How can a steel frame sustain the future?

Central to all sustainability considerations and practices is the commitment to delivering ongoing, long-lasting value.

 

But while sustainability focusses on future benefits, it can be tempting to primarily look at what can be achieved right now – rather than what can be implemented now, for benefits that won’t be felt for many years.

Structural steel offers sustainability benefits to be realised through the whole-life of a building, as it can be repurposed or reclaimed and reused.

While it is considered one of the more carbon-heavy construction materials when first created, its embodied carbon credentials will pay dividends later on in a buildings life. Embodied carbon is the carbon footprint of a material or process. In construction, it covers the CO2 emitted during the production, construction, use and deconstruction of a building.

Because steel structures can be repurposed or reused, they offer improved embodied carbon over their whole lifetime. By changing the way we think about a building’s design, construction and end-of-life, and understanding the opportunities available from structural steel, the construction industry can use steel to deliver on net zero targets for carbon emissions.

 

Understanding the solutions available

Understanding exactly what’s meant by the terms and phrases associated with sustainability – like embodied carbon, ‘cradle to cradle’ or circular economy – and being able to turn these into actions, is vital to achieving carbon reduction targets.

Circular economy methods look to design products, or buildings, to be reusable. They seek design processes which minimise waste and usage processes which extend the lifetime of an item.

Steel fits with this principal as it is not only fully recyclable, never being sent to landfill, but can also be repurposed or reused. As recycling is an energy intensive process, with its own environmental impacts, reuse of steel is a way to reduce embodied carbon.

Where ‘cradle to grave’ assessments used to ensure constructors were accountable for carbon emissions from the production and construction of a building, ‘cradle to cradle’ pushes this further. This factors in the ongoing emissions of a building long after its initial development, such as its energy efficiency.

One factor of ‘cradle to cradle’ assessments is considering what use a building may have in decades time. Reuse at end-of-life is achievable with structural steel thanks to the simplicity it offers for design through standardization or repetition of components and members.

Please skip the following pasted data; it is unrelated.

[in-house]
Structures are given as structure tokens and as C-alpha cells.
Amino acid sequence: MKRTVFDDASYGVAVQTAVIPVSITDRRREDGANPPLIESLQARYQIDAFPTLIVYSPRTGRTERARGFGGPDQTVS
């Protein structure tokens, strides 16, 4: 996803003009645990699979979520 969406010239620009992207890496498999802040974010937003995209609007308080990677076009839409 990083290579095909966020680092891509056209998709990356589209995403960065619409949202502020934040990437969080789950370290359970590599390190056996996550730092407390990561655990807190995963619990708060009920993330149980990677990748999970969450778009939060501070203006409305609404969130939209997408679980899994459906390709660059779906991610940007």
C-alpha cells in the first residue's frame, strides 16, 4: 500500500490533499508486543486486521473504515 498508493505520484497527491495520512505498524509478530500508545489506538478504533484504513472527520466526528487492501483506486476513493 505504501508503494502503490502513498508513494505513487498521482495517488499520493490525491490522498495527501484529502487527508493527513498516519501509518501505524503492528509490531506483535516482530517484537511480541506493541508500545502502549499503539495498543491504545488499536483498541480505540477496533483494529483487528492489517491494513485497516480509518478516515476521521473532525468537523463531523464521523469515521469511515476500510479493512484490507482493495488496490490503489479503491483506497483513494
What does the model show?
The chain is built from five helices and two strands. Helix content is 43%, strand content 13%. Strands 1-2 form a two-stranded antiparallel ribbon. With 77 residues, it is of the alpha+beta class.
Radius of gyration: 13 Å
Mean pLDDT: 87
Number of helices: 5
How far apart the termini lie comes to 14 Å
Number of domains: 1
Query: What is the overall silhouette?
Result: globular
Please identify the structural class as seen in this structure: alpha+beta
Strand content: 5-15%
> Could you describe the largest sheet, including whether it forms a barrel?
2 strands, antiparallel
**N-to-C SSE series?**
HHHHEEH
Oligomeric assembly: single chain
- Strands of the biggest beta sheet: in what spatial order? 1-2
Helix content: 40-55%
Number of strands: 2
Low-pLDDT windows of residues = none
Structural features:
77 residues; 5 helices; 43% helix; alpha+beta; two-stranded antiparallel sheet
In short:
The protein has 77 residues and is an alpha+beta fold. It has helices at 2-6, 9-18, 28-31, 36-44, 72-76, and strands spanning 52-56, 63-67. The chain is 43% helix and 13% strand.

Steel frame buildings can be repurposed by reconfiguring layouts to suit a new or updated use, or reclaimed and reused if whole sections of the structural steel are suitable for new developments. Either option will reduce embodied carbon of a building by reducing the energy intensive process of creating or recycling steel.

Currently only around 10% of steel is repurposed or reclaimed, against the 90% which is recycled through re-smelting. This is largely due to older buildings not being designed with reuse in mind, containing a wide variety of component types or grades that are more tricky to reuse at scale. While the industry adapts to reusing steel, existing ways of working are also contributing to carbon reduction.

Electric arc furnace (EAF) steel is made from 100% scrap, as opposed to virgin materials. This production method creates new steel from cold scrap steel, creating high quality, alloy and stainless grades and even some special carbon or low-alloy grades.

However, EAF production currently only accounts for around 30% of steel production, as scrap supply is unable to keep up with demand.

While reuse of steel and EAF recycled steel gradually become the norm, there are still benefits that can be enjoyed in the short-term from structural steel. Steel delivers time- and cost-savings during construction stage. It is durable, flexible and versatile for design and can also be used in challenging developments, to work within tight spaces or to create stand-out features.

Understanding the sustainability credentials of steel and applying the most appropriate methods will support developers to deliver both short- and long-term sustainability benefits in construction.

 

Learn more about steel’s sustainability in our Insights page.

architectural photography of glass building

Share this
post on social

Share on facebook
Share on twitter
Share on linkedin